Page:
Outside the auditorium, we joined hundreds of protesters from across the state. While we were there for peaceful protest, some were not. Throughout the day, heated arguments broke out between protestors and Trump supporters, some resulting in violence and arrests. One teenage Trump supporter yelled at the protestors, “You will “Feel the Bern” in the incinerators!” Some of the protestors yelled “F*** the police!” A profound passion, fear, and hurt was visible on both sides.

It was a disheartening, but accurate picture of where our society is today. It was quite clear that we have forgotten that we belong to each other.
 

LUTHERANS OFFER LOVE

Lenoir Rhyne is associated with the Evangelical Lutheran Church in America. Lutheran Bishop Timothy Marcus Smith of the North Carolina Synod called his clergy to action. Nearly one hundred people of faith showed up with signs proclaiming love over hate.

Ministers in clerical collars sang hymns and freedom songs throughout the day. The presence of clergy seemed to deescalate some of the violence that would have occurred. In the South, you don’t fight in front of your pastor. The clergy tried to place themselves strategically in places to deescalate the violence. It did not appear that they were trying to silence the protesters, but encourage the protests to remain peaceful. One minister was joking with some of the protestors who had previously made violent threats, trying to keep their spirits high and peaceful.

 


A SURPRISING FRIENDSHIP FORMS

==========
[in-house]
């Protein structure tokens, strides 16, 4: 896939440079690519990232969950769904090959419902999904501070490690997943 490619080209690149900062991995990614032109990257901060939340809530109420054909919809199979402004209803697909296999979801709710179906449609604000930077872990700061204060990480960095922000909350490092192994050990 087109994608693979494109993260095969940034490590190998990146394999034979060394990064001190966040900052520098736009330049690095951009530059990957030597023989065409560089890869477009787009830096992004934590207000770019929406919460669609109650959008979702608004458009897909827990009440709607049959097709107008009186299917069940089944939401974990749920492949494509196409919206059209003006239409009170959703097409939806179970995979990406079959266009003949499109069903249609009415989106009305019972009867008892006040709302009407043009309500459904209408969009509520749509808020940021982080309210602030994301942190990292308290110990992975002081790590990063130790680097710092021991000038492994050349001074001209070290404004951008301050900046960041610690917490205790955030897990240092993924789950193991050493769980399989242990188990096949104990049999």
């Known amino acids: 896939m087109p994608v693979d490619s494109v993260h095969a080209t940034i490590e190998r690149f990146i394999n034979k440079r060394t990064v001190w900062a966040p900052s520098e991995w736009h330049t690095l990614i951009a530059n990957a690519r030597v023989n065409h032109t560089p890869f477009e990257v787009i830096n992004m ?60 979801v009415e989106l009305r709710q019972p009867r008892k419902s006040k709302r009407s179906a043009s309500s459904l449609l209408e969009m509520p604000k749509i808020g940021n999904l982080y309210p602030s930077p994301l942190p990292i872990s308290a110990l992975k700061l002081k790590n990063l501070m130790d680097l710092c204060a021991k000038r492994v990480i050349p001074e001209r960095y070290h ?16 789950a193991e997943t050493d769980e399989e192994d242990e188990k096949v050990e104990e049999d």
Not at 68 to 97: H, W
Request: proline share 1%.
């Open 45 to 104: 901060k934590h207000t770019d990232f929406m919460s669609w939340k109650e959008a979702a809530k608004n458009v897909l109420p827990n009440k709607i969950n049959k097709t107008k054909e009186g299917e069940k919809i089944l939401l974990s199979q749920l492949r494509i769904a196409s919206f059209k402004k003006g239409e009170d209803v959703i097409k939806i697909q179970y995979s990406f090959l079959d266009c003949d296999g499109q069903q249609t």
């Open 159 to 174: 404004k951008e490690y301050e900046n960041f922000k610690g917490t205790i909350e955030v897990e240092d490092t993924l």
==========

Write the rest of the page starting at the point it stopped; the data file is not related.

My group ended the day holding a sign that read, “And Who is My Neighbor?” Many walked by with blank stares, some made hateful comments, but one man stopped to talk. He was middle aged, a Trump button pinned to his button-up shirt. He began a conversation with us that must have lasted 20 minutes.

The man shared that his rural hometown’s economy had tanked when their jobs left the country. He shared his concern for his neighbors, for the people he cared about, for a war veteran he had taken in. He even voiced concern for those making our clothing overseas in near slavery.

The conversation remained calm as both sides shared our fears and our hopes. Just thirty feet away protestors and Trump supporters were becoming increasingly agitated. One young man walked by and observed, “Here’s a constructive conversation happening and of course the media is over there recording the violence.”

When we shared our concern for Trump’s divisive language, he listened and acknowledged that it was dangerous and not helpful. However, his hope was for the wellbeing of his community and he believed that Trump was his best shot at this.

At that moment, I realized that in a way we were longing for the same thing. Our deepest hope was for justice for those we care about. It’s just the list of people he cared about was too short, but so was mine. If we are to be faithful to the Gospel of Jesus Christ, we must fight for justice for all, even for illegal immigrants, even for Trump supporters.


Luke Edwards is the Pastor of King Street Church (KSC) in Boone, NC. KSC is a network of small gatherings and the newest campus of Boone United Methodist Church. KSC is committed to creating Christian community among those who have never experienced it before. Luke is a licensed local pastor in the United Methodist Church. He tries to balance tradition and innovation, while creating new forms of church for folks previously excluded from church.